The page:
We were unprepared for the sheer scale of the spider population and the extraordinary masses of both three dimensional and sheet-like webbing that blanketed much of the facility’s cavernous interior. Far greater in magnitude than any previously recorded aggregation of orb-weavers, the visual impact of the spectacle was was nothing less than astonishing.
In places where the plant workers had swept aside the webbing to access equipment, the silk lay piled on the floor in rope-like clumps as thick as a fire hose.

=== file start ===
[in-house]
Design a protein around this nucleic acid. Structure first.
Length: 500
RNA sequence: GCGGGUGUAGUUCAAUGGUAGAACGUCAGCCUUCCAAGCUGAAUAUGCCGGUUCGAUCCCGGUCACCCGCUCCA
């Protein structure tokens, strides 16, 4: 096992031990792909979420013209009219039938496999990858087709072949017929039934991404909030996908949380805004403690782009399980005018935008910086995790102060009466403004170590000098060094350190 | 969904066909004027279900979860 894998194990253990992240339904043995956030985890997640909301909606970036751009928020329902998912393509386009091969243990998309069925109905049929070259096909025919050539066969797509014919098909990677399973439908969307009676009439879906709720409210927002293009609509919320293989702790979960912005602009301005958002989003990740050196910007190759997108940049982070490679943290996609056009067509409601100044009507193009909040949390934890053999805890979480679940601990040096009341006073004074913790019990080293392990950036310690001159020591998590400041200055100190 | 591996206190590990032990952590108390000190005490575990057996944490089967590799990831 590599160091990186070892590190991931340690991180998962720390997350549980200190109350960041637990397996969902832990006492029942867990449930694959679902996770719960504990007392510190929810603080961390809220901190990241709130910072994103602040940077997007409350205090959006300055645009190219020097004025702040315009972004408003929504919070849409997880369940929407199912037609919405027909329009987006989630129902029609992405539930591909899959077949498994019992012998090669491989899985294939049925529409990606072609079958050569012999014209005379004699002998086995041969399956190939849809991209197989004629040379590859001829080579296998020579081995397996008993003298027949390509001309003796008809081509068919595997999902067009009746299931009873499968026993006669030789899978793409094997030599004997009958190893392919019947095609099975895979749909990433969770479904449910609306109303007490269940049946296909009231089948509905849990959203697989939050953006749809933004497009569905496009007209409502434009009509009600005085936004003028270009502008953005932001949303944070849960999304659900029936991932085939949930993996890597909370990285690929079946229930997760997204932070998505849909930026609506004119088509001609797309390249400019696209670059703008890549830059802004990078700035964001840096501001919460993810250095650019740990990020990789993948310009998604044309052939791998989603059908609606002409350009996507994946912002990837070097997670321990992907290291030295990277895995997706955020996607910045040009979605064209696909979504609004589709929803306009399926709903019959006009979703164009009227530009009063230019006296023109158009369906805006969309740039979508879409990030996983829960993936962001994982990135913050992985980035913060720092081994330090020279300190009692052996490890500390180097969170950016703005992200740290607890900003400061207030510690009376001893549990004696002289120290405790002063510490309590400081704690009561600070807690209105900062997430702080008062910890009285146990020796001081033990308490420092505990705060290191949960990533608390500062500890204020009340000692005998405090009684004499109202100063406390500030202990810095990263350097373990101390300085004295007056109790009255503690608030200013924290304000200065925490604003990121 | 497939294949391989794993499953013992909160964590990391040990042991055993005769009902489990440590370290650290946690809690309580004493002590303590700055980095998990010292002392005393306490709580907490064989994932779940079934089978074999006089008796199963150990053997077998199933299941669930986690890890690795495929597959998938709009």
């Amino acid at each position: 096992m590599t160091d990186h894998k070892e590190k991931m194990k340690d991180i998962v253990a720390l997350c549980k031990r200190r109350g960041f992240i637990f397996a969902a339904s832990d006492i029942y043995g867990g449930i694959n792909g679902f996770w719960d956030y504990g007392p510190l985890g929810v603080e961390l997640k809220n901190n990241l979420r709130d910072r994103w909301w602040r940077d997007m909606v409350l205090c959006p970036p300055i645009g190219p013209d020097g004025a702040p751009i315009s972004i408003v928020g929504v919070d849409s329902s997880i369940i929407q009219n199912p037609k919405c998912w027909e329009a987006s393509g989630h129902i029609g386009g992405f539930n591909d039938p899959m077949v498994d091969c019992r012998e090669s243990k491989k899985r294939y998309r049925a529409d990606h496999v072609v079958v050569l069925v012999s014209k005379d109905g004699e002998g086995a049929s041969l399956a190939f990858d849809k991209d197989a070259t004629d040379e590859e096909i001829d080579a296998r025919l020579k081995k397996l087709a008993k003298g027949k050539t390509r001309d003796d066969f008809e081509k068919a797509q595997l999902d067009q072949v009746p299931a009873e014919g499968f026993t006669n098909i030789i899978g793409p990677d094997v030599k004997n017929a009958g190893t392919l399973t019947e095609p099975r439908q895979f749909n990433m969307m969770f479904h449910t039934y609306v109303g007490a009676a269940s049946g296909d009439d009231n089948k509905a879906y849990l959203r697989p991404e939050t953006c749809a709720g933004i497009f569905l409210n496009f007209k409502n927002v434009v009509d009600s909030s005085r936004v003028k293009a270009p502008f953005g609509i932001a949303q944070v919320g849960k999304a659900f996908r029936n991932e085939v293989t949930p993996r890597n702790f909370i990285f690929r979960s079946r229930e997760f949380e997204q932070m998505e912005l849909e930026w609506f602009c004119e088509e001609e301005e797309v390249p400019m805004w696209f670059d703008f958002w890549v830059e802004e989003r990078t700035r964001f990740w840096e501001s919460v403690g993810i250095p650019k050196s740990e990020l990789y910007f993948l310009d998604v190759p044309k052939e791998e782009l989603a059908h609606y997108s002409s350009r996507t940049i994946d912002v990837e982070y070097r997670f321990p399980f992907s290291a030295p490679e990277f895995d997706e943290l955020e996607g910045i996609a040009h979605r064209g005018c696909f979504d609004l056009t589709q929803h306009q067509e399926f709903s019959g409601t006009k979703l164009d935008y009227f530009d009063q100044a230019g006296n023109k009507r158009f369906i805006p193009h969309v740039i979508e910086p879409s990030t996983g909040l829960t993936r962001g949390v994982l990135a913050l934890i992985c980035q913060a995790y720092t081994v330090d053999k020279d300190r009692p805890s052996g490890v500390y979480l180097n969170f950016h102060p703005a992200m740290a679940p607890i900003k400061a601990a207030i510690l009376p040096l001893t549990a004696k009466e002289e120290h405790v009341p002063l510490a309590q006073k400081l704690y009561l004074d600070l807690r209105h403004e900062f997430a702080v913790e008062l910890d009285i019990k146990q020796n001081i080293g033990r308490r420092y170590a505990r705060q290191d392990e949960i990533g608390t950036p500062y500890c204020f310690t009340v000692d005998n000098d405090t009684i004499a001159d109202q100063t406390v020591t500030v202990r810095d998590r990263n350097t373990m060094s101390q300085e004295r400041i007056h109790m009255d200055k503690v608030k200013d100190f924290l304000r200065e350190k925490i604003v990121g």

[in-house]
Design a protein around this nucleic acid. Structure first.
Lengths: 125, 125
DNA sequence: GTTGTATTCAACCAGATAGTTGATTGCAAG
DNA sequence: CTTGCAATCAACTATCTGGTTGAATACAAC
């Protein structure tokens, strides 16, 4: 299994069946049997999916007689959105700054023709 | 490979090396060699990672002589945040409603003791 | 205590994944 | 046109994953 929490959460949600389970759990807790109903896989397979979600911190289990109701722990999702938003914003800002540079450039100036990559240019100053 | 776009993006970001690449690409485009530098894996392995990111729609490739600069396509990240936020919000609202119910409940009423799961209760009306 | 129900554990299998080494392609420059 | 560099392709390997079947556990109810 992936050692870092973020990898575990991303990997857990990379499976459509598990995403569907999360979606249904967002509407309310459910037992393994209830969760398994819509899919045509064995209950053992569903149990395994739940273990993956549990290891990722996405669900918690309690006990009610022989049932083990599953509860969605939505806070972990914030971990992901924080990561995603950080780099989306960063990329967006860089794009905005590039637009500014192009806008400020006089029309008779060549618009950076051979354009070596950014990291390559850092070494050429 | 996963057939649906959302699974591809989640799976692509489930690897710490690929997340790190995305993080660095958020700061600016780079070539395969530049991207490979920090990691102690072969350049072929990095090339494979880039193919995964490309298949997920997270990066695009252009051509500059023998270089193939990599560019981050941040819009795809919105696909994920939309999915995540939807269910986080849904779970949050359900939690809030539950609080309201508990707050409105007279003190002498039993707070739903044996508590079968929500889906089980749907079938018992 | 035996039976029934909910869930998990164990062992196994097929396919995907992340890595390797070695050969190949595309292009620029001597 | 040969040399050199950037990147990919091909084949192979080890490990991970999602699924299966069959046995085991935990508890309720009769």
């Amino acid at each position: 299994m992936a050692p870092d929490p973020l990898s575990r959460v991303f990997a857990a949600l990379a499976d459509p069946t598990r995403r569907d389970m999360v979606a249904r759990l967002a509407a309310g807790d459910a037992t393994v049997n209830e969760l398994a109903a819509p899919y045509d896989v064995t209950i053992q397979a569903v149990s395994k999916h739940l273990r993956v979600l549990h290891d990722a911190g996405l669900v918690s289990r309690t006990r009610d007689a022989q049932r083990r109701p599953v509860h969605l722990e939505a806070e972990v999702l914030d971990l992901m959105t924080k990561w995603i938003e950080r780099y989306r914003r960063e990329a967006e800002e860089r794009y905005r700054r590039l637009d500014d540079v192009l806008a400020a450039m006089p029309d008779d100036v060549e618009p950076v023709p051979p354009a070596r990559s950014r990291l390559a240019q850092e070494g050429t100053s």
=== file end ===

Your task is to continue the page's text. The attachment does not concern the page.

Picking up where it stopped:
2014 story in Wired by Gwen Pearson. It eventually made its way to my Facebook feed, where it showed up yesterday.
anyone can see it.
tree-covering webs in Texas you may have seen pictures of. One reason the webs in the sand filtration facility got so much bigger is that they are protected from thunderstorms, which badly damaged the Texas webs not long after the famous photographs were taken.
Onsite personnel should be reassured that the spiders are harmless and the facility's immense shroud of silk should be presented in a positive light as a record-breaking natural history wonder.That's making lemonade from your lemons.